The cold front that we had hoped to avoid set in and when I woke in the morning the outlook was bleak. Where there should have been a great view ofDanaBay, there was only mist and light rain. It was an ideal morning to curl up with a book and stay in bed. But we were here to walk and I dragged myself out of bed and down to breakfast, every now and then looking out the window for positive signs the weather would improve. Willie assured us that the walk to Boggamsbaa iwould only take about four hours, so we had time in hand. The rain did seem to be lifiting and after breakfast we made a group decision to wait until 10a.m. before deciding what to do.

Oyster catchers aren’t concerned about rain

The alternative would have been to elect to be transported to Boggamsbaai and wait to see if the rain lifted. For me this would have been disappointing.

By 10a.m. the rain had lightened to an intermittent light drizzle and was looking positive.  After some initial indecision, we all decided to brave the elements. By the time we had packed up and summoned transport to take us to the start, it was about 10.45am. Close to the water’s edge the beach was firm and flat and we were able to set off at a brisk pace. Initially the rain held of but as we progressed it began to drizzle lightly again.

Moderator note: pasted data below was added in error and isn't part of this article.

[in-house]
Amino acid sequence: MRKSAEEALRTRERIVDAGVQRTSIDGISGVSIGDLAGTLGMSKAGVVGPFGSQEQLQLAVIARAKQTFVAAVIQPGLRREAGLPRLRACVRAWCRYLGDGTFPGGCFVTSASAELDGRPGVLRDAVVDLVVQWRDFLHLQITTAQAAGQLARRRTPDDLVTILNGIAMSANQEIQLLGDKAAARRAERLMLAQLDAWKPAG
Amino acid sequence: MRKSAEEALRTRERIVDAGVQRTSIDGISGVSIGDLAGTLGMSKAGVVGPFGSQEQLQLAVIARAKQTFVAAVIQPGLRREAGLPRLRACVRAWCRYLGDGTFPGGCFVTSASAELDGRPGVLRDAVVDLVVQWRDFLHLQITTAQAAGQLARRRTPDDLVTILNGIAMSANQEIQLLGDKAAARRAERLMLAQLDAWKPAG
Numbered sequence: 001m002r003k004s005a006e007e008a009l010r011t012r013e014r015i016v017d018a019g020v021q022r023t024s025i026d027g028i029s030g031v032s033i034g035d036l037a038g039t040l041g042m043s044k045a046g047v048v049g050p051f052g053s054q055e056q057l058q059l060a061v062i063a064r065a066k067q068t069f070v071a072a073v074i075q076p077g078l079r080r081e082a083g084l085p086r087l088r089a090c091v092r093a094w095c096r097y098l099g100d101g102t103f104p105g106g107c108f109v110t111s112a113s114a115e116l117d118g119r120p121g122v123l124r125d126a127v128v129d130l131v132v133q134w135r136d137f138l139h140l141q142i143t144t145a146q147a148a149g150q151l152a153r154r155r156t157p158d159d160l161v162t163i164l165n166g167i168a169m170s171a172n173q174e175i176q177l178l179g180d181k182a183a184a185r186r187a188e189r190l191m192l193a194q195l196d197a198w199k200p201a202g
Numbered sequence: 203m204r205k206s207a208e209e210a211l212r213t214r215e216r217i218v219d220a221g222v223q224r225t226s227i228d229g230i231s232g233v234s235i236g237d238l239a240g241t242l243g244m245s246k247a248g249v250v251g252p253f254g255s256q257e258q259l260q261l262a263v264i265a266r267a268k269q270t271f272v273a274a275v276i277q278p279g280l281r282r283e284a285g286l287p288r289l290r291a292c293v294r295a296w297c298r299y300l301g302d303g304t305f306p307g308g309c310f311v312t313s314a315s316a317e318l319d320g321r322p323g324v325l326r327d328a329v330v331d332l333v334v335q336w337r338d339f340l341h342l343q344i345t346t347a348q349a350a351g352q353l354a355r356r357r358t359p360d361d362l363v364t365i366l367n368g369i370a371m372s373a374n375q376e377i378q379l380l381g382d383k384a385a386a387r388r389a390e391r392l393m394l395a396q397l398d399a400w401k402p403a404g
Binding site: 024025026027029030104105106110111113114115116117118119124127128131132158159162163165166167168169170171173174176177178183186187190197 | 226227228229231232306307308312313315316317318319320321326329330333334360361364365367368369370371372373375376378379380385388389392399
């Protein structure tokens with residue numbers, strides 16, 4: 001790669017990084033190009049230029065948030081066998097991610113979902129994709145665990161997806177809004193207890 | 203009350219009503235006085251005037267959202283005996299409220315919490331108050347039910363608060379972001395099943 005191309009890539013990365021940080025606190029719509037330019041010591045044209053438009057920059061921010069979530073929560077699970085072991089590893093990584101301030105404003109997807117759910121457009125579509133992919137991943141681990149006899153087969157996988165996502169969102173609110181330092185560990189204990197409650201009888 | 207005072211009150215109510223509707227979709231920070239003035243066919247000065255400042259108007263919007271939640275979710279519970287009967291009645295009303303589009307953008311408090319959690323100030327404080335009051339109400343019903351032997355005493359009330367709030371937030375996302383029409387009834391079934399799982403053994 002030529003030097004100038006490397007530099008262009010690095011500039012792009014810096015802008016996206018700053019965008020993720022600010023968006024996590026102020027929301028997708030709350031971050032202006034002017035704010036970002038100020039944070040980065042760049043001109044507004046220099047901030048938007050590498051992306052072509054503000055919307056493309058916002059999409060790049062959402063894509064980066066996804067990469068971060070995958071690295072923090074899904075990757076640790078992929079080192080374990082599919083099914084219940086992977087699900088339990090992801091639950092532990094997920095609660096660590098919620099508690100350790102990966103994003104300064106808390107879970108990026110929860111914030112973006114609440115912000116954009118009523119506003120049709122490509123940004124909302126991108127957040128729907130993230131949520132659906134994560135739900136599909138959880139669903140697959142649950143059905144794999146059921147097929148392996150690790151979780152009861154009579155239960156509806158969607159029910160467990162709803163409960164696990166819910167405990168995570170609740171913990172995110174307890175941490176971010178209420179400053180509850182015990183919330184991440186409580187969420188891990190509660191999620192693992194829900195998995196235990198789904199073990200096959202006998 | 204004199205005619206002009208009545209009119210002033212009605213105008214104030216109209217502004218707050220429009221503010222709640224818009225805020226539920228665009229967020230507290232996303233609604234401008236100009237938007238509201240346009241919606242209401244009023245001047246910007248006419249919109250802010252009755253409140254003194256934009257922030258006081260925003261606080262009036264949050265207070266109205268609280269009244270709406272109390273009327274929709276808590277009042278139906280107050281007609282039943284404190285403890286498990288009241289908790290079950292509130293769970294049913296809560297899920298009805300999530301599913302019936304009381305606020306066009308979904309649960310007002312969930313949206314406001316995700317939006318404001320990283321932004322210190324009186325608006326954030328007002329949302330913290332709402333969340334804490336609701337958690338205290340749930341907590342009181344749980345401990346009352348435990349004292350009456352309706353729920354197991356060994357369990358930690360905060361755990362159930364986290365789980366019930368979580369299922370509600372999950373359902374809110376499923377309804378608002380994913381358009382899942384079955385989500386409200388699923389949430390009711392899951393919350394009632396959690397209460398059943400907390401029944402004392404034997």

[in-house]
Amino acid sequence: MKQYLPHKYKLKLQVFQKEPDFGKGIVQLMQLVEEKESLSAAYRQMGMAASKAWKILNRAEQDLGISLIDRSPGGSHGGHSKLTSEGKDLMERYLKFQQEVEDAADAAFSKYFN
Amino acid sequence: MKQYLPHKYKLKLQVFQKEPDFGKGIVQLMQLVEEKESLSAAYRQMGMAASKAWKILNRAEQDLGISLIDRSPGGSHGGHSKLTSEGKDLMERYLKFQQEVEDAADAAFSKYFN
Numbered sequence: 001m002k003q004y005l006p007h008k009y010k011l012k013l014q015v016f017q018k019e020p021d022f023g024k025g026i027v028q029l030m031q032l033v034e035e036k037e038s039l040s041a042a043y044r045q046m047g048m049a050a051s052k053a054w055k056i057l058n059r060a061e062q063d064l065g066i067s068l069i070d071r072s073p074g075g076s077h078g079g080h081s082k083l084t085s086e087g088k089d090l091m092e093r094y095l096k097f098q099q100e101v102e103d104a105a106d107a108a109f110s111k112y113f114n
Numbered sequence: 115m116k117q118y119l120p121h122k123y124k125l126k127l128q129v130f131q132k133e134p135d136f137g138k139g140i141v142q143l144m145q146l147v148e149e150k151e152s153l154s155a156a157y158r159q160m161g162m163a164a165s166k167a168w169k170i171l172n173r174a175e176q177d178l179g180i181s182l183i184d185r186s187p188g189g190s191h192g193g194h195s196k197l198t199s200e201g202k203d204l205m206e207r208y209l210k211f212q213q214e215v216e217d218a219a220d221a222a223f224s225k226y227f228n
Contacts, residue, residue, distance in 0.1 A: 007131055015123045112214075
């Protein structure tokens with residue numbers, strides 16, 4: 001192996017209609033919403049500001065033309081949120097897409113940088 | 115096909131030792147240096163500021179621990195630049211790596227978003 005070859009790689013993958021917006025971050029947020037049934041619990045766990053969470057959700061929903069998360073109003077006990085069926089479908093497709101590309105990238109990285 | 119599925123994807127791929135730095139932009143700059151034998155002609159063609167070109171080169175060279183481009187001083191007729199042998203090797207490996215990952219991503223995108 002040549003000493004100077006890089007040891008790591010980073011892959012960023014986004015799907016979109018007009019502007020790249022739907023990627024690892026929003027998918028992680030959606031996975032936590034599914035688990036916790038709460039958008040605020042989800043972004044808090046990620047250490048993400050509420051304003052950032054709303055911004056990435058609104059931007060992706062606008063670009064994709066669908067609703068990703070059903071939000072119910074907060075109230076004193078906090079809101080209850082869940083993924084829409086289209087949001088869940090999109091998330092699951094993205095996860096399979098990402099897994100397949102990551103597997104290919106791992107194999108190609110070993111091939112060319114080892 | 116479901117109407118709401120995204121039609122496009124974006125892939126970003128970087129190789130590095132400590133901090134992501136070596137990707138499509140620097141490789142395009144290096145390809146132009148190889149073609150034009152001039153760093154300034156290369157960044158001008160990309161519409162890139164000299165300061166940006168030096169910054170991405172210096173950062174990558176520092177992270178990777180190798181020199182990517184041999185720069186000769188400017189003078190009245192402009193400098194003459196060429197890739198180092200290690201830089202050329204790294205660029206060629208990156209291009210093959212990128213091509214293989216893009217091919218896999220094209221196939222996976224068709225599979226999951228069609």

Brown rocks, green rock, the sea and the sky

Tim and John set a brisk pace and we had work to keep in touch, particularly as walking with Willie there was a great deal of interesting information about the habits of the Oyster Catcher. By watching them he was able to identify the range of their territory and where their nests were likely to be. It was almost as if the stretch of beach had been demarcated for them as each couple guarded a section, running up and down and shrieking at us as we approach and calming down as we passed. Willie found a nest to show me, a hollow in the sand concealed behind a natural sand bar, with two large, grey speckled eggs. Not wanting to agitate

Oyster Catcher eggs in the sand

them too much we photographed the eggs and left quickly.

Further along the beach we came across a leatherback turtle, stranded up on the sand. It was obviously injured and Wille lifted it carefully back in to the water. It was too far along the beach to be able to arrange further rescue. It seemed to revive a little in the water and moved off towards deeper water, for nature to take it’s course. Later on in the walk we came across a second stranded turtle. I was convinced that it was dead, but when Willie also lifted this one back to the water it seemed to raise it’s head in gratitude. It seemed to me less likely to survive than the first.